A couple of days ago, I was skimming through a diabetes magazine, and I came across some unsettling discoveries.
While I was hoping to finish the magazine feeling educated and fulfilled, I felt more traumatized and overwhelmed with fear. As I flipped through the magazine, all I could see were the words kidney disease, heart failure, blindness, neuropathy, and amputation.
Those of us with diabetes know the potential complications we face. It is also flashed before our eyes every day in commercials, ads, magazines, and billboards, along with the words obesity and epidemic. Come to think of it, I cannot recall a single piece about diabetes that does not have some sort of negative underlying message.
No wonder diabetes has such a negative stigma, and no wonder when someone finally has the courage to tell their family or close friends they have been diagnosed with diabetes, they can suddenly become a leper and an outcast.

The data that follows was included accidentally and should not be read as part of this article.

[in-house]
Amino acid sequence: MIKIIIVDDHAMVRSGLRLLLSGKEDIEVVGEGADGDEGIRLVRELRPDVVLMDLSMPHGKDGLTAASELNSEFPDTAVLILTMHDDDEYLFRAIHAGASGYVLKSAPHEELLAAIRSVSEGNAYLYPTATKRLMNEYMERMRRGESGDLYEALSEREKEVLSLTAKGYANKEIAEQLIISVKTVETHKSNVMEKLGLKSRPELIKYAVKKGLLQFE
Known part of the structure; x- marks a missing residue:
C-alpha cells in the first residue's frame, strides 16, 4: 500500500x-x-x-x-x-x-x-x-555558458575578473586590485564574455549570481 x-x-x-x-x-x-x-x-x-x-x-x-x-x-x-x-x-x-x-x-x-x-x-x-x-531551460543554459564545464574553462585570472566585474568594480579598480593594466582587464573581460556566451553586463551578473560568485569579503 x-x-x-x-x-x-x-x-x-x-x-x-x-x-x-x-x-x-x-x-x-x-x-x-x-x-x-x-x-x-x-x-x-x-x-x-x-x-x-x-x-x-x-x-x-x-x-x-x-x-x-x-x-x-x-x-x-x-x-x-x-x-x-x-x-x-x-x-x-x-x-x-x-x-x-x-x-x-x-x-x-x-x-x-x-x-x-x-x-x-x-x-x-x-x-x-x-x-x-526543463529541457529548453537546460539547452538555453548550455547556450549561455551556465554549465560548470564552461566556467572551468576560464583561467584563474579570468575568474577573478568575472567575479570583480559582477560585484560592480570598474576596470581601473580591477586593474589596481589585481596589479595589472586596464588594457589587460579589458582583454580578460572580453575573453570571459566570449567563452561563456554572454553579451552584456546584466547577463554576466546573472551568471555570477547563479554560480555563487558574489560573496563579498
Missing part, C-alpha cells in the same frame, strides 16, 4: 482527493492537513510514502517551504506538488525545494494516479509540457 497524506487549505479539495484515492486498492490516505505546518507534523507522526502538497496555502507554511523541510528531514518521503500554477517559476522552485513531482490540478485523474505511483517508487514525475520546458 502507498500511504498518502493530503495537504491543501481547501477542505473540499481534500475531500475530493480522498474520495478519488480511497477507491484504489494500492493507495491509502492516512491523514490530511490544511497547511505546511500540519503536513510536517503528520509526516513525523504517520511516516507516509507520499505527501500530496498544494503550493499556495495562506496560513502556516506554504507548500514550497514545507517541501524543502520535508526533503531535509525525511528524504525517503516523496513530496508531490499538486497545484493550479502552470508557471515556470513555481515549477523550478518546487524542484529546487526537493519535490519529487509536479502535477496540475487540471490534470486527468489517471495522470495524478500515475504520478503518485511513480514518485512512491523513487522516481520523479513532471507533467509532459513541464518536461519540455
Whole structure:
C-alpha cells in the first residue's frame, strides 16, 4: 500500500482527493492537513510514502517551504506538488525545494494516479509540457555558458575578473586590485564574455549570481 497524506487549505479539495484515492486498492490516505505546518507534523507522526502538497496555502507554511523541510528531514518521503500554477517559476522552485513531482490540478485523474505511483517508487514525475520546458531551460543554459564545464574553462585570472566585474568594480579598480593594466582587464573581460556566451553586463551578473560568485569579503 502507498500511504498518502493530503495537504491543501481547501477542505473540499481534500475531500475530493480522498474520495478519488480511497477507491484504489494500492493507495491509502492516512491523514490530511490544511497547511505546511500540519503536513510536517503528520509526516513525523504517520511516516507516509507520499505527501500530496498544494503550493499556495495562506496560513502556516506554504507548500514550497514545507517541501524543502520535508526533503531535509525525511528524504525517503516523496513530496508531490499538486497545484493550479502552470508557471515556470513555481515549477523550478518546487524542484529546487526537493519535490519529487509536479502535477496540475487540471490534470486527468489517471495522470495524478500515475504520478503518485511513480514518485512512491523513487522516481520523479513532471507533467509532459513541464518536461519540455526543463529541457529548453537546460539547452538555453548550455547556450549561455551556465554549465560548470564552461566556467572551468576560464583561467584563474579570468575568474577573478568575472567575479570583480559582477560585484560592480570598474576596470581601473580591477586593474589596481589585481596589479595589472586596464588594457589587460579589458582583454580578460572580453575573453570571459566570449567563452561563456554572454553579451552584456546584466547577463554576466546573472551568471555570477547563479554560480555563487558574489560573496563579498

Whether we with diabetes have been diagnosed with Type 1 or Type 2, sometimes a feeling of shame sweeps over us. I know it did for me. I felt like I had failed somehow, even though my doctor still doesn’t know how my diagnosis came to be. It was also even worse when I decided to disclose my diagnosis to someone. How dare society/people make us feel this way.
We have enough on our plate without having to feel shunned and ashamed. Sure, some of us may have made some not-so-great decisions in the past. But, instead of trying to round us all up to forewarn others of the future that awaits them if they become diagnosed with diabetes, why not educate and encourage in a positive message. It would certainly be a nice change.
Instead of, “Diabetes Epidemic,” and the word diabetes being continuously related to obesity, why not something a little more encouraging. Hasn’t anyone ever heard of the phrase, “Don’t kick a man while he’s down”?
So, if any of you do know someone who has been diagnosed with diabetes or is pre-diabetic, don’t shun them or look down upon them. (Trust me, we get enough of that in the media.) Instead, encourage them and try to understand where they are coming from because we have a hard enough road ahead of us as it is.